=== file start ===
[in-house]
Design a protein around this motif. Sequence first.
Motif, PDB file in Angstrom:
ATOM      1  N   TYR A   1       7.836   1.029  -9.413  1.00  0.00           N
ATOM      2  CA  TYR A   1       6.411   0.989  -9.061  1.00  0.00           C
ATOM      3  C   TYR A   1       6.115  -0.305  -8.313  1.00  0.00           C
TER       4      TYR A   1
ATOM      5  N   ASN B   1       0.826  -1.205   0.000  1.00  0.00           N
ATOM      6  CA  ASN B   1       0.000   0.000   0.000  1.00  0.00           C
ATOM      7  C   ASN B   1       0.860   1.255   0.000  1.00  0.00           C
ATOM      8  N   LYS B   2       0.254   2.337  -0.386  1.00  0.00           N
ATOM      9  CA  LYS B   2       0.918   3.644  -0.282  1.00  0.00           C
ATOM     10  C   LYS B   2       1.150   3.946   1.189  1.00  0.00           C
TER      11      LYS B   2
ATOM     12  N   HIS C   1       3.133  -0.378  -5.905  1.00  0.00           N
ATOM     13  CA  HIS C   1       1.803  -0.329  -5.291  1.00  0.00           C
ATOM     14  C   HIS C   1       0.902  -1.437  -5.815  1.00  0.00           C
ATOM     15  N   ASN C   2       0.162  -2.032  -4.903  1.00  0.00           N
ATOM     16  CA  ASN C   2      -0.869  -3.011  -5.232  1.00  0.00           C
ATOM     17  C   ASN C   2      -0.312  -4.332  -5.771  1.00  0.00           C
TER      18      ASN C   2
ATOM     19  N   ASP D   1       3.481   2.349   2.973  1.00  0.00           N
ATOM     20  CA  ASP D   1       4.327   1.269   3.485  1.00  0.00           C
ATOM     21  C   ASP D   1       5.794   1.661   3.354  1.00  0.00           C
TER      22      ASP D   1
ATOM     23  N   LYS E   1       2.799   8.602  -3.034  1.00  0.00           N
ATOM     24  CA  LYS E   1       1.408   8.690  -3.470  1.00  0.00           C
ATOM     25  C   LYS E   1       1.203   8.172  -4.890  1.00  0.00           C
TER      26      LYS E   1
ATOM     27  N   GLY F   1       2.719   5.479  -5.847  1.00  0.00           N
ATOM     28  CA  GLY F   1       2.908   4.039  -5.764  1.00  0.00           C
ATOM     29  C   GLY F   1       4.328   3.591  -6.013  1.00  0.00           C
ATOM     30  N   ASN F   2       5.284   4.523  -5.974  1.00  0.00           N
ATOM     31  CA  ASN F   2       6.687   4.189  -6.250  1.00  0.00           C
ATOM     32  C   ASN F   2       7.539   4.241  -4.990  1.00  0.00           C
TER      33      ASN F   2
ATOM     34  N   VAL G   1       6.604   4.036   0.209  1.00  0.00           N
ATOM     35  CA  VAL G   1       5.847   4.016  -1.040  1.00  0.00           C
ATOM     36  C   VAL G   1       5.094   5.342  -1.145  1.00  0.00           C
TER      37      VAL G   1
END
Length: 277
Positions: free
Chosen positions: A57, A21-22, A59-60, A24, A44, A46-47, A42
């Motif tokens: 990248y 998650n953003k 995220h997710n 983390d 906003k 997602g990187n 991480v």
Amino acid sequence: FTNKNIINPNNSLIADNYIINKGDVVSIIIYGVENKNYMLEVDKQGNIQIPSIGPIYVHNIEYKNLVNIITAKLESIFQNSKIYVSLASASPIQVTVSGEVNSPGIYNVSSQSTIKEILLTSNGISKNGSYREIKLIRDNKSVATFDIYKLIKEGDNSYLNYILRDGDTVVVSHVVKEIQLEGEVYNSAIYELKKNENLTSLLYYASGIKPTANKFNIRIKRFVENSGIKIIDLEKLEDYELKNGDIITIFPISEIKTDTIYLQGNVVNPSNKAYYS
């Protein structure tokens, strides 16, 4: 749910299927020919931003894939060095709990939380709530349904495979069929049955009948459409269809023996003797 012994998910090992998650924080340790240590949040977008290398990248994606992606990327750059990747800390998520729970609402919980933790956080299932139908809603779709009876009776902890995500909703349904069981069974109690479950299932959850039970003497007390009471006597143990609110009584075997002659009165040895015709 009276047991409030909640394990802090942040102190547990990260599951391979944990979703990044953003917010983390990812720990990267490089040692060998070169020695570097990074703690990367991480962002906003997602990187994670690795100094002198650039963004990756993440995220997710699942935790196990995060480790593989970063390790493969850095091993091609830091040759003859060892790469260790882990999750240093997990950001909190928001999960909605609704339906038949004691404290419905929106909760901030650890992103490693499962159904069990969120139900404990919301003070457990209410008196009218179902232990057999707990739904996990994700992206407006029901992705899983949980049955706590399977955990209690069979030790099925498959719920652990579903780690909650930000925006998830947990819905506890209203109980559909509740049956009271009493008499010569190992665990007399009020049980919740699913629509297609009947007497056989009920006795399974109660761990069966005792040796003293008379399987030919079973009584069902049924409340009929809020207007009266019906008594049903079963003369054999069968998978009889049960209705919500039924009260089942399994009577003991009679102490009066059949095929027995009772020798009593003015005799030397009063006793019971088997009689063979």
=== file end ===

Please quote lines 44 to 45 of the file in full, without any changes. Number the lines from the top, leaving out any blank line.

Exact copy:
Chosen positions: A57, A21-22, A59-60, A24, A44, A46-47, A42
């Motif tokens: 990248y 998650n953003k 995220h997710n 983390d 906003k 997602g990187n 991480v």